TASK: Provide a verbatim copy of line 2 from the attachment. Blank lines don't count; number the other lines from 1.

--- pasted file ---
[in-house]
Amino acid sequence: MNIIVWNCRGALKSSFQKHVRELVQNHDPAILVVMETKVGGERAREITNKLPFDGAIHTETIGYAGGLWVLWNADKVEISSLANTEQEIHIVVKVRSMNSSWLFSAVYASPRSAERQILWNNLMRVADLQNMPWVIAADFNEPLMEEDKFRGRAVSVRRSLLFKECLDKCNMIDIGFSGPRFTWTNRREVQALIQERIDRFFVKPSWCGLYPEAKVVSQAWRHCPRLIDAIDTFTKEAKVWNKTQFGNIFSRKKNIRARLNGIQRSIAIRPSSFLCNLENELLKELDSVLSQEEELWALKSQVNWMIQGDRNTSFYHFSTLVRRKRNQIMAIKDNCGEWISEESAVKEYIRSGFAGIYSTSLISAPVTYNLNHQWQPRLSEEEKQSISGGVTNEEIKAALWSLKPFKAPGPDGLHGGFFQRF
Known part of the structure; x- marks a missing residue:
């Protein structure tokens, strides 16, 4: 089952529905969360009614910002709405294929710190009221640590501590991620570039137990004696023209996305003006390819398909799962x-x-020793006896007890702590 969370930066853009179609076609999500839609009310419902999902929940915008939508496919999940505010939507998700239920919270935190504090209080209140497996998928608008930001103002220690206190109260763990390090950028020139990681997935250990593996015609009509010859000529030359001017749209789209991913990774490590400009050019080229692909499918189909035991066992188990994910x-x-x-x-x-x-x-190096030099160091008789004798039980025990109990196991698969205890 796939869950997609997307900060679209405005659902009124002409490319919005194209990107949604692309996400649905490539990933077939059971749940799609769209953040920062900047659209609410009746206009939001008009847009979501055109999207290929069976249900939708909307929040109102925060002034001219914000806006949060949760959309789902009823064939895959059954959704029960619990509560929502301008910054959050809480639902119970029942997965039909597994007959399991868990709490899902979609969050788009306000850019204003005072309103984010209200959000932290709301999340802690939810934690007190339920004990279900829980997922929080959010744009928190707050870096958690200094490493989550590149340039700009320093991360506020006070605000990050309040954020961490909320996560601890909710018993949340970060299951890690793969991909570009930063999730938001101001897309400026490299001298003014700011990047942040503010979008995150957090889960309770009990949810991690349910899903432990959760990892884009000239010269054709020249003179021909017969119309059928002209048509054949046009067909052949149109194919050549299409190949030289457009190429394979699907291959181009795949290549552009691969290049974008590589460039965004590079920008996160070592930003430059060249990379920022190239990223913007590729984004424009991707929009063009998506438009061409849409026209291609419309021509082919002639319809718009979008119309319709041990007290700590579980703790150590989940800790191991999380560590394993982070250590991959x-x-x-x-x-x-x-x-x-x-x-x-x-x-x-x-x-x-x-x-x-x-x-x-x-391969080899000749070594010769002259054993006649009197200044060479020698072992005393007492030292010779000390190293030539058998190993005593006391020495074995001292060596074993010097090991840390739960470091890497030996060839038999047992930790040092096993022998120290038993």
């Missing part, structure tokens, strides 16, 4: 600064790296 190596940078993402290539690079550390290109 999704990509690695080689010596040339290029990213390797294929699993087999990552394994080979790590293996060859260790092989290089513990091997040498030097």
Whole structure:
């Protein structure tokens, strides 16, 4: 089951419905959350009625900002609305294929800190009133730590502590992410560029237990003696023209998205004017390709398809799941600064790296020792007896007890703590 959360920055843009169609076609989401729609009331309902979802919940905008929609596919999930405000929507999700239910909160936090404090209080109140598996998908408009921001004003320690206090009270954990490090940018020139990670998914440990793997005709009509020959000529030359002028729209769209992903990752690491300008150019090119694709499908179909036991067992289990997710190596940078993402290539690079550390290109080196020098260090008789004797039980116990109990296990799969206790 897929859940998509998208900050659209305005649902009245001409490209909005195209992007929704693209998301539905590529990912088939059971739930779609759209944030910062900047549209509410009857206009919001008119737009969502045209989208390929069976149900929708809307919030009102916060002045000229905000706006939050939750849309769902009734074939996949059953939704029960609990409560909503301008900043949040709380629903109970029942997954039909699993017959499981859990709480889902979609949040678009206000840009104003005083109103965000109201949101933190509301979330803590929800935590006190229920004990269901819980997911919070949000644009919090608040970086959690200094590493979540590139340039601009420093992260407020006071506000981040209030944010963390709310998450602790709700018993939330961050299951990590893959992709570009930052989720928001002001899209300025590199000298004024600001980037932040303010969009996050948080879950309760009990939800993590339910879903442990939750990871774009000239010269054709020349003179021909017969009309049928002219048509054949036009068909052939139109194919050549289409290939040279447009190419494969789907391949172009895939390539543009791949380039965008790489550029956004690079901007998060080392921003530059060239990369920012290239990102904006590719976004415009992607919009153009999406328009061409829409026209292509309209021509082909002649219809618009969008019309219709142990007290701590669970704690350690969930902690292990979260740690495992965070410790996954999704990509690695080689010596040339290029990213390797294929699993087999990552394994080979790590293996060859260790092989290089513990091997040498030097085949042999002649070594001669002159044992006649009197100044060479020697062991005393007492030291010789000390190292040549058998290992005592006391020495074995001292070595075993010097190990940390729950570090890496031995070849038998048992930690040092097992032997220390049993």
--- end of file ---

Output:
Amino acid sequence: MNIIVWNCRGALKSSFQKHVRELVQNHDPAILVVMETKVGGERAREITNKLPFDGAIHTETIGYAGGLWVLWNADKVEISSLANTEQEIHIVVKVRSMNSSWLFSAVYASPRSAERQILWNNLMRVADLQNMPWVIAADFNEPLMEEDKFRGRAVSVRRSLLFKECLDKCNMIDIGFSGPRFTWTNRREVQALIQERIDRFFVKPSWCGLYPEAKVVSQAWRHCPRLIDAIDTFTKEAKVWNKTQFGNIFSRKKNIRARLNGIQRSIAIRPSSFLCNLENELLKELDSVLSQEEELWALKSQVNWMIQGDRNTSFYHFSTLVRRKRNQIMAIKDNCGEWISEESAVKEYIRSGFAGIYSTSLISAPVTYNLNHQWQPRLSEEEKQSISGGVTNEEIKAALWSLKPFKAPGPDGLHGGFFQRF